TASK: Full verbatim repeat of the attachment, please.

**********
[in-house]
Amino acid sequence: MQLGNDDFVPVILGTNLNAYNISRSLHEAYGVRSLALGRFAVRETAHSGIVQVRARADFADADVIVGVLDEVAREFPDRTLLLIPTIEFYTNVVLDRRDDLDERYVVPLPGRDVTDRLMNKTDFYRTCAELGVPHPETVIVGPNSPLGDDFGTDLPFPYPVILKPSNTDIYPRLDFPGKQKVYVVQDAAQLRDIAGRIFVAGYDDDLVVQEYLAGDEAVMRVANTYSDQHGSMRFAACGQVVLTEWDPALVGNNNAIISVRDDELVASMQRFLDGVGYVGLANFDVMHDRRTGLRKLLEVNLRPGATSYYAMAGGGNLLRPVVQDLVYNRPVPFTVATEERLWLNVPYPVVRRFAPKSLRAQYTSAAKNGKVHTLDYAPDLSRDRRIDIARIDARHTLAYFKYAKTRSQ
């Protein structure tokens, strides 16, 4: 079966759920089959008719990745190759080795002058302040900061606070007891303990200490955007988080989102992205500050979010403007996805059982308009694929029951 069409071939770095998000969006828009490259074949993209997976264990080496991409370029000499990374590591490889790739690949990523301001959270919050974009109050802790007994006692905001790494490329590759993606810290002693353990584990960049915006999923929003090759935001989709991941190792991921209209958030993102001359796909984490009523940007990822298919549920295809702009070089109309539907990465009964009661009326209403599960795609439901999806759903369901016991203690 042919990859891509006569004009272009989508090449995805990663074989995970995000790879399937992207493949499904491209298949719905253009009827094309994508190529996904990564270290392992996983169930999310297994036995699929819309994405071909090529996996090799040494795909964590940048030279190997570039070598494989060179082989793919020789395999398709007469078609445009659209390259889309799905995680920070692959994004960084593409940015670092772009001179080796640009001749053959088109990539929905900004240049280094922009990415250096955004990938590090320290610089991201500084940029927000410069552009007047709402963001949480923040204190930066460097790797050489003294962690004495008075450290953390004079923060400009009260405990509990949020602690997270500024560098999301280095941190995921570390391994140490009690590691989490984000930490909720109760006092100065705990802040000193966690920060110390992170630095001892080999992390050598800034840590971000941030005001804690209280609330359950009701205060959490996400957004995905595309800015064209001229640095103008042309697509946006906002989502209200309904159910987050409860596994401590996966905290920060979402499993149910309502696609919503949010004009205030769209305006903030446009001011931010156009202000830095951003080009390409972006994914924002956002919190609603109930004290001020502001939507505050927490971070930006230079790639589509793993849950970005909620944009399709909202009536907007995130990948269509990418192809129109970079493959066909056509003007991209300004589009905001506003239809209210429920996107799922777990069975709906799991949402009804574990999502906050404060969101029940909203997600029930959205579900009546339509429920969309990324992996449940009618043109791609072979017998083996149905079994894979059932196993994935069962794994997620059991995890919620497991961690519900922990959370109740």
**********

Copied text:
[in-house]
Amino acid sequence: MQLGNDDFVPVILGTNLNAYNISRSLHEAYGVRSLALGRFAVRETAHSGIVQVRARADFADADVIVGVLDEVAREFPDRTLLLIPTIEFYTNVVLDRRDDLDERYVVPLPGRDVTDRLMNKTDFYRTCAELGVPHPETVIVGPNSPLGDDFGTDLPFPYPVILKPSNTDIYPRLDFPGKQKVYVVQDAAQLRDIAGRIFVAGYDDDLVVQEYLAGDEAVMRVANTYSDQHGSMRFAACGQVVLTEWDPALVGNNNAIISVRDDELVASMQRFLDGVGYVGLANFDVMHDRRTGLRKLLEVNLRPGATSYYAMAGGGNLLRPVVQDLVYNRPVPFTVATEERLWLNVPYPVVRRFAPKSLRAQYTSAAKNGKVHTLDYAPDLSRDRRIDIARIDARHTLAYFKYAKTRSQ
């Protein structure tokens, strides 16, 4: 079966759920089959008719990745190759080795002058302040900061606070007891303990200490955007988080989102992205500050979010403007996805059982308009694929029951 069409071939770095998000969006828009490259074949993209997976264990080496991409370029000499990374590591490889790739690949990523301001959270919050974009109050802790007994006692905001790494490329590759993606810290002693353990584990960049915006999923929003090759935001989709991941190792991921209209958030993102001359796909984490009523940007990822298919549920295809702009070089109309539907990465009964009661009326209403599960795609439901999806759903369901016991203690 042919990859891509006569004009272009989508090449995805990663074989995970995000790879399937992207493949499904491209298949719905253009009827094309994508190529996904990564270290392992996983169930999310297994036995699929819309994405071909090529996996090799040494795909964590940048030279190997570039070598494989060179082989793919020789395999398709007469078609445009659209390259889309799905995680920070692959994004960084593409940015670092772009001179080796640009001749053959088109990539929905900004240049280094922009990415250096955004990938590090320290610089991201500084940029927000410069552009007047709402963001949480923040204190930066460097790797050489003294962690004495008075450290953390004079923060400009009260405990509990949020602690997270500024560098999301280095941190995921570390391994140490009690590691989490984000930490909720109760006092100065705990802040000193966690920060110390992170630095001892080999992390050598800034840590971000941030005001804690209280609330359950009701205060959490996400957004995905595309800015064209001229640095103008042309697509946006906002989502209200309904159910987050409860596994401590996966905290920060979402499993149910309502696609919503949010004009205030769209305006903030446009001011931010156009202000830095951003080009390409972006994914924002956002919190609603109930004290001020502001939507505050927490971070930006230079790639589509793993849950970005909620944009399709909202009536907007995130990948269509990418192809129109970079493959066909056509003007991209300004589009905001506003239809209210429920996107799922777990069975709906799991949402009804574990999502906050404060969101029940909203997600029930959205579900009546339509429920969309990324992996449940009618043109791609072979017998083996149905079994894979059932196993994935069962794994997620059991995890919620497991961690519900922990959370109740």